The Japanese government on Wednesday denied a media report that claimed the country had been invited to join the AUKUS security partnership, which comprises Australia, the US and UK.
AUKUS was formally launched on September 16, 2021, by the heads of government of the three countries and has been seen as a response to the relentless rise of China. At the time, the alliance had announced the three countries would pool resources in areas such as artificial intelligence and long-range strike capabilities. The US and UK are also sharing technology to build a fleet of nuclear-powered submarines for the Royal Australian Navy.
On Tuesday, Japan's Sankei Shimbun reported the US, UK and Australia were “inquiring about Japan's participation” in AUKUS. The report said the three allies aimed to “incorporate Japanese technological capabilities” in development of hypersonic weapons and for strengthening of electronic warfare capabilities.
Sankei Shimbun noted “there are expectations for synergistic effects with Japanese technological capabilities in advanced technology fields such as cyber, artificial intelligence (AI), and quantum technology”. The report revealed opinion in the Japanese government about joining AUKUS was “positive”, but the country was planning to carefully assess the effects of participation given existing security tie-ups with the three nations.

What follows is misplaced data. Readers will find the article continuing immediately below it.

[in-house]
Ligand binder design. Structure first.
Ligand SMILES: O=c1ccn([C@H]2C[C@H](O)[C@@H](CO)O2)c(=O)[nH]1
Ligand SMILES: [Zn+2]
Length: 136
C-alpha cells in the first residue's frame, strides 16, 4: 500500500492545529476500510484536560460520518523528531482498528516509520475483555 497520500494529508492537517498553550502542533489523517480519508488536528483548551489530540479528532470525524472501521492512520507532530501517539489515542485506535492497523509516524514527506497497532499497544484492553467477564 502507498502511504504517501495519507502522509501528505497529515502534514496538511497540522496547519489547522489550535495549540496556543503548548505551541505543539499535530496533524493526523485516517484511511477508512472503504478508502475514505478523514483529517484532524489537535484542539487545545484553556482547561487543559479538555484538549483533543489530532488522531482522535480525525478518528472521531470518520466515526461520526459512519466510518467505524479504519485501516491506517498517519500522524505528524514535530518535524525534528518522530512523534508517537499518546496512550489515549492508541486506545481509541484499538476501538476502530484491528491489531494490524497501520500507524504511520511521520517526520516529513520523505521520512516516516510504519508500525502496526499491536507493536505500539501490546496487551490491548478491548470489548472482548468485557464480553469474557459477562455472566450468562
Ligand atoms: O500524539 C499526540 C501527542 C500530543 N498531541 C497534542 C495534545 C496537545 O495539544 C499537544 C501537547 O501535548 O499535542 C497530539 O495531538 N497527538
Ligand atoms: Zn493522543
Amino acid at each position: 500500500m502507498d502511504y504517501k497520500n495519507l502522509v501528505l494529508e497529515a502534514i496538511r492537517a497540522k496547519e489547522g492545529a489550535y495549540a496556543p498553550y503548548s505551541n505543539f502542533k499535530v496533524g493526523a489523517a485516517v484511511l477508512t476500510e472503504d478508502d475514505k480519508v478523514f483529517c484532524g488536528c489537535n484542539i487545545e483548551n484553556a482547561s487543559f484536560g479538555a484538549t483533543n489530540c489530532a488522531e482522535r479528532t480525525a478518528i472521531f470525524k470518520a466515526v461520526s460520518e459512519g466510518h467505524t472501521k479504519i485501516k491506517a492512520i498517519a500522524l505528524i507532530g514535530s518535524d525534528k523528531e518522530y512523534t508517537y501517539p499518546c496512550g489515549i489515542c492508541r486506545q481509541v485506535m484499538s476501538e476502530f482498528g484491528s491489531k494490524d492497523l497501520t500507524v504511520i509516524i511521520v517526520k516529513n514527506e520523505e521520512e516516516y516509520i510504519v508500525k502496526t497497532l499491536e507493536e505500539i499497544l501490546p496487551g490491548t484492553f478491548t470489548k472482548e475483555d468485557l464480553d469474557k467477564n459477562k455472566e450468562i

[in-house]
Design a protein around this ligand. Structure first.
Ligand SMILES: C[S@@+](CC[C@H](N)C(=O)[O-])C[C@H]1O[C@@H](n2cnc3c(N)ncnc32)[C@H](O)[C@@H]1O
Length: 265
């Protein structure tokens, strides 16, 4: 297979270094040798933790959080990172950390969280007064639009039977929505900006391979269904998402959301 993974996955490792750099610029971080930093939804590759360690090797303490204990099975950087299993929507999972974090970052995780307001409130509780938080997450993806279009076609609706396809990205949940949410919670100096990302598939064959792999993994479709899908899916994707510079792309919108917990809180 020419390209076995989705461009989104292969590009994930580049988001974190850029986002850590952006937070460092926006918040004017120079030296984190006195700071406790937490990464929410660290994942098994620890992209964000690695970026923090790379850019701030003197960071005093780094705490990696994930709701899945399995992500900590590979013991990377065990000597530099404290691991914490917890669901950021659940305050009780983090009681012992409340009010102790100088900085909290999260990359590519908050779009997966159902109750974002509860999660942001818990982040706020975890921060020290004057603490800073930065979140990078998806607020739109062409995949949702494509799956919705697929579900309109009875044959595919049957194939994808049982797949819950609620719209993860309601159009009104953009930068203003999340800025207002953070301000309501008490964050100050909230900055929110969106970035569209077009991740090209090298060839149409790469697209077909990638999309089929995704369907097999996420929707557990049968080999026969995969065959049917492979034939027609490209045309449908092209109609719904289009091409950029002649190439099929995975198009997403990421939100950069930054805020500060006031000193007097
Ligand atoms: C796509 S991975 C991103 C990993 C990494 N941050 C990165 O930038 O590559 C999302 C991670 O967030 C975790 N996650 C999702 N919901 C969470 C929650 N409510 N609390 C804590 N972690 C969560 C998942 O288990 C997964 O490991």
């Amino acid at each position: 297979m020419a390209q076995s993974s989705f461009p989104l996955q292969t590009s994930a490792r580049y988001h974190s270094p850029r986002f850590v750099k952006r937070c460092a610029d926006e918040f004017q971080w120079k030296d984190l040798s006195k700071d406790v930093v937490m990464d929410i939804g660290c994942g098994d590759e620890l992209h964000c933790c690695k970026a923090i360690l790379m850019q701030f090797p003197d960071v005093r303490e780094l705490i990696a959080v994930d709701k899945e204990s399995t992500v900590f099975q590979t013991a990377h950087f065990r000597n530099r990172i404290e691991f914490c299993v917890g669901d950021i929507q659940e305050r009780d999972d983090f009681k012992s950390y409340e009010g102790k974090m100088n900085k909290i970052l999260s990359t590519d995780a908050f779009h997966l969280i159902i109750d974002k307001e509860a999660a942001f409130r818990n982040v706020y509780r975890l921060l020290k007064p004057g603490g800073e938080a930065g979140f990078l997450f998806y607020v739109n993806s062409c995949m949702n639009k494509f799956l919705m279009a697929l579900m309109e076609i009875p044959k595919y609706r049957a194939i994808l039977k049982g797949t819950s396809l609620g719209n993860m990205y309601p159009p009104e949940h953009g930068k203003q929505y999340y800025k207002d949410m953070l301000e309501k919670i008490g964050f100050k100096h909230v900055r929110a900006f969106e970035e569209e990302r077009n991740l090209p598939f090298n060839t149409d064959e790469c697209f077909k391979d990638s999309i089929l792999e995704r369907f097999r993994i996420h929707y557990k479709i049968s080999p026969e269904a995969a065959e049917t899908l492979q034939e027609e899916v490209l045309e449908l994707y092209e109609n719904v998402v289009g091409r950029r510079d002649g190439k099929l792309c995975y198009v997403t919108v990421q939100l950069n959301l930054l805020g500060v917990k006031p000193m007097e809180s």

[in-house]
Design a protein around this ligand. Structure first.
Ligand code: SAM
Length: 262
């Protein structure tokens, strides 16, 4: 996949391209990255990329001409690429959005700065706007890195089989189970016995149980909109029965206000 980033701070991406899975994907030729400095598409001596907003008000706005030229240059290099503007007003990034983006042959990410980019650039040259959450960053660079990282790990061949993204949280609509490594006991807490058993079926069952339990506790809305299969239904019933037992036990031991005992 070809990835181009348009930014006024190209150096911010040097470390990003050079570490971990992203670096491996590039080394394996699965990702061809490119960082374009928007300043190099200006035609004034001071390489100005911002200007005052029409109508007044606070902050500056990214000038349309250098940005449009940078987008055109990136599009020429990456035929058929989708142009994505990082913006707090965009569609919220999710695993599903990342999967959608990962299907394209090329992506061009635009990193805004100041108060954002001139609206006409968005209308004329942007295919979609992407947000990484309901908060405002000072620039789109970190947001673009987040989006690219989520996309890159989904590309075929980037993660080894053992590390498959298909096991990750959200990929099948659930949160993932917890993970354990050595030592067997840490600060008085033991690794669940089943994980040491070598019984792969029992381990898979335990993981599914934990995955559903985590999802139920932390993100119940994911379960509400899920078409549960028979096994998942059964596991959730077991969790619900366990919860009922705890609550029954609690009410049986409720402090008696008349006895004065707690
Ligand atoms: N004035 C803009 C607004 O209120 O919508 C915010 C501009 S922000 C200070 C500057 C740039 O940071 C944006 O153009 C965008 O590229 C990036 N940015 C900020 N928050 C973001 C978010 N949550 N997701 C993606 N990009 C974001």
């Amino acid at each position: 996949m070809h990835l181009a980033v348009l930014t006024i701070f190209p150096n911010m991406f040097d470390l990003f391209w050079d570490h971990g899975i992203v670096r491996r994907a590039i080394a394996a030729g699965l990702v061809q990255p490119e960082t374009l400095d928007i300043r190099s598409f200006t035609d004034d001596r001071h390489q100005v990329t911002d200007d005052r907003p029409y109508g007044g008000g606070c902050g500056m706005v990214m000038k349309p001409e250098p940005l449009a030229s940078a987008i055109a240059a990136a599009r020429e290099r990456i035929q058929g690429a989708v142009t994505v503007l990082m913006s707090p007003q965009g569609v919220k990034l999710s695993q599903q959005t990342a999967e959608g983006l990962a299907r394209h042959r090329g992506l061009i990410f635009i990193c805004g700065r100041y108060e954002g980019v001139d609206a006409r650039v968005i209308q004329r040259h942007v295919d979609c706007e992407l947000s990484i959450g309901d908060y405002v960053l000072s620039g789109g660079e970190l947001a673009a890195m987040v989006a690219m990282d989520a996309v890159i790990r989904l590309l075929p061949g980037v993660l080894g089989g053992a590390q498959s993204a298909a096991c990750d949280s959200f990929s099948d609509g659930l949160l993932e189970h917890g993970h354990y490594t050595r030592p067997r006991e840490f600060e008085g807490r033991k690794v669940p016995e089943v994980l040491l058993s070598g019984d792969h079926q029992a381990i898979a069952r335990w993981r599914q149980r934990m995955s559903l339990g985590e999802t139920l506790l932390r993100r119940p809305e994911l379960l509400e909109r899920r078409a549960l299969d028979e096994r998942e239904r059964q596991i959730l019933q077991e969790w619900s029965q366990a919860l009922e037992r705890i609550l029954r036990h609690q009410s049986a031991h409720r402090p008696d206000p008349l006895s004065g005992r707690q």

On Wednesday, Japan's Chief Cabinet Secretary Hirokazu Matsuno told reporters his country was “not asked to participate in AUKUS”. He was quoted by Reuters as saying “There is no fact” in the Sankei Shimbun report.
Last week, the AUKUS members announced they would work to develop hypersonic weapons and “counter-hypersonic” weapons. Japan expressed support for the decision.
“Japan supports the actions of AUKUS to further strengthen cooperation in a wide range of areas such as security and defence, and considers them meaningful. Japan will continue to strengthen cooperation in various forms with important partners, including the US, Australia and the UK to realize a free and open Indo-Pacific,” Matsuno had said.
Japan's interest in hypersonic weapons
Japan had revealed in 2018 that it was working on hypersonic missiles.
In March 2020, the Japanese government announced plans to develop two classes of hypersonic weapons: Hypersonic cruise missiles (HCMs) and hyper-velocity gliding projectiles (HVGPs). While the hypersonic cruise missile would have a scramjet engine, the latter would “feature a solid-fuel rocket engine that will boost its warhead payload to a high altitude before separation, where it will then glide to its target using its altitude to maintain high velocity until impact”, Defense News had then reported.
The HVGP would be capable of attacking targets on land and at sea. Defense News reported it would have an “armour-piercing warhead designed specifically for penetrating ‘the deck of the [aircraft] carrier’”. Both weapons are expected to be fielded in the “2024-2028” time frame.
The hypersonic weapons are expected to have a range of around 500km. Japan’s hypersonic missiles have been interpreted as being a threat to China's growing fleet of aircraft carriers. China currently has two aircraft carriers in service, with a third under construction.